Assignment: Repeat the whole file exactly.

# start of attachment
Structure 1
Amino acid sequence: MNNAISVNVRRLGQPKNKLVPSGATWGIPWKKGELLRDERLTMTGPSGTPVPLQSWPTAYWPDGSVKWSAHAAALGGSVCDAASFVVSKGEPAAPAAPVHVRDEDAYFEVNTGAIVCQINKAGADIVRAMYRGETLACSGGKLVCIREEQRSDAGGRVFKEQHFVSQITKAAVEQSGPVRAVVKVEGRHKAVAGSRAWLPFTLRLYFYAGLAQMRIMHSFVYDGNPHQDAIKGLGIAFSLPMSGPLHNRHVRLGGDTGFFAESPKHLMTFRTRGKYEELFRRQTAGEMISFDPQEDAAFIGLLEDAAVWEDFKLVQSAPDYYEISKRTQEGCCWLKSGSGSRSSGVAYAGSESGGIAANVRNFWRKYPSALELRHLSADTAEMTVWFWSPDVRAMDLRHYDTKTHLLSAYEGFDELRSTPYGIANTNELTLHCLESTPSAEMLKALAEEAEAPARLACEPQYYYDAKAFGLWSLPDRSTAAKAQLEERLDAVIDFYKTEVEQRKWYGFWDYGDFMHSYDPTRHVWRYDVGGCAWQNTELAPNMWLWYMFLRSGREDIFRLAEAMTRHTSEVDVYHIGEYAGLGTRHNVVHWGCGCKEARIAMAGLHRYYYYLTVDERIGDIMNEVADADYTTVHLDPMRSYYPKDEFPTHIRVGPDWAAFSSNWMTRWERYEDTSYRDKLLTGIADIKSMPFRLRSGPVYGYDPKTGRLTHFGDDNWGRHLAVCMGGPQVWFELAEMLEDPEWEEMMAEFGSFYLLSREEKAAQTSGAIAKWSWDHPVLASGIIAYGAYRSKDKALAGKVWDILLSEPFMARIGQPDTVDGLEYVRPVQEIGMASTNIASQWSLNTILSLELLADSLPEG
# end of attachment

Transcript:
Structure 1
Amino acid sequence: MNNAISVNVRRLGQPKNKLVPSGATWGIPWKKGELLRDERLTMTGPSGTPVPLQSWPTAYWPDGSVKWSAHAAALGGSVCDAASFVVSKGEPAAPAAPVHVRDEDAYFEVNTGAIVCQINKAGADIVRAMYRGETLACSGGKLVCIREEQRSDAGGRVFKEQHFVSQITKAAVEQSGPVRAVVKVEGRHKAVAGSRAWLPFTLRLYFYAGLAQMRIMHSFVYDGNPHQDAIKGLGIAFSLPMSGPLHNRHVRLGGDTGFFAESPKHLMTFRTRGKYEELFRRQTAGEMISFDPQEDAAFIGLLEDAAVWEDFKLVQSAPDYYEISKRTQEGCCWLKSGSGSRSSGVAYAGSESGGIAANVRNFWRKYPSALELRHLSADTAEMTVWFWSPDVRAMDLRHYDTKTHLLSAYEGFDELRSTPYGIANTNELTLHCLESTPSAEMLKALAEEAEAPARLACEPQYYYDAKAFGLWSLPDRSTAAKAQLEERLDAVIDFYKTEVEQRKWYGFWDYGDFMHSYDPTRHVWRYDVGGCAWQNTELAPNMWLWYMFLRSGREDIFRLAEAMTRHTSEVDVYHIGEYAGLGTRHNVVHWGCGCKEARIAMAGLHRYYYYLTVDERIGDIMNEVADADYTTVHLDPMRSYYPKDEFPTHIRVGPDWAAFSSNWMTRWERYEDTSYRDKLLTGIADIKSMPFRLRSGPVYGYDPKTGRLTHFGDDNWGRHLAVCMGGPQVWFELAEMLEDPEWEEMMAEFGSFYLLSREEKAAQTSGAIAKWSWDHPVLASGIIAYGAYRSKDKALAGKVWDILLSEPFMARIGQPDTVDGLEYVRPVQEIGMASTNIASQWSLNTILSLELLADSLPEG